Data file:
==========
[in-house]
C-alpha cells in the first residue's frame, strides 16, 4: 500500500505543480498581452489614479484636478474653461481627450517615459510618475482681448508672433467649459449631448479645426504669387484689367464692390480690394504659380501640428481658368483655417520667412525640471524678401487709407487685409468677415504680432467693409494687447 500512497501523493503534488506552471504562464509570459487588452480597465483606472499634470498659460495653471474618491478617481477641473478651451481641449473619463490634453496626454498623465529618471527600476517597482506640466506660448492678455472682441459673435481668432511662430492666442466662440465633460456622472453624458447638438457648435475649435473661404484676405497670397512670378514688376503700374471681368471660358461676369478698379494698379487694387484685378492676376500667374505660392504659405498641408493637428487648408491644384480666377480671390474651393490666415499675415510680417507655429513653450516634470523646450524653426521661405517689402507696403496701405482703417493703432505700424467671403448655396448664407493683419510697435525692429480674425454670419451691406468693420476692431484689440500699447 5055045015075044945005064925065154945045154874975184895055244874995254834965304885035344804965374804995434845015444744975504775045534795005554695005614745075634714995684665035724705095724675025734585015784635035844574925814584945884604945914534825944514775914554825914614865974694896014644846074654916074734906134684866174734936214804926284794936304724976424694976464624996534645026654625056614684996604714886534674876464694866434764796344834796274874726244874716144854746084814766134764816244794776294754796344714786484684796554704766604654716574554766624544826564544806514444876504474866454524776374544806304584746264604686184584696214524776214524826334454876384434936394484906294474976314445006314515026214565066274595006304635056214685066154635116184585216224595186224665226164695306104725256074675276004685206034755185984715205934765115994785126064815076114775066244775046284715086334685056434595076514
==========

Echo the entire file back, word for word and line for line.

[in-house]
C-alpha cells in the first residue's frame, strides 16, 4: 500500500505543480498581452489614479484636478474653461481627450517615459510618475482681448508672433467649459449631448479645426504669387484689367464692390480690394504659380501640428481658368483655417520667412525640471524678401487709407487685409468677415504680432467693409494687447 500512497501523493503534488506552471504562464509570459487588452480597465483606472499634470498659460495653471474618491478617481477641473478651451481641449473619463490634453496626454498623465529618471527600476517597482506640466506660448492678455472682441459673435481668432511662430492666442466662440465633460456622472453624458447638438457648435475649435473661404484676405497670397512670378514688376503700374471681368471660358461676369478698379494698379487694387484685378492676376500667374505660392504659405498641408493637428487648408491644384480666377480671390474651393490666415499675415510680417507655429513653450516634470523646450524653426521661405517689402507696403496701405482703417493703432505700424467671403448655396448664407493683419510697435525692429480674425454670419451691406468693420476692431484689440500699447 5055045015075044945005064925065154945045154874975184895055244874995254834965304885035344804965374804995434845015444744975504775045534795005554695005614745075634714995684665035724705095724675025734585015784635035844574925814584945884604945914534825944514775914554825914614865974694896014644846074654916074734906134684866174734936214804926284794936304724976424694976464624996534645026654625056614684996604714886534674876464694866434764796344834796274874726244874716144854746084814766134764816244794776294754796344714786484684796554704766604654716574554766624544826564544806514444876504474866454524776374544806304584746264604686184584696214524776214524826334454876384434936394484906294474976314445006314515026214565066274595006304635056214685066154635116184585216224595186224665226164695306104725256074675276004685206034755185984715205934765115994785126064815076114775066244775046284715086334685056434595076514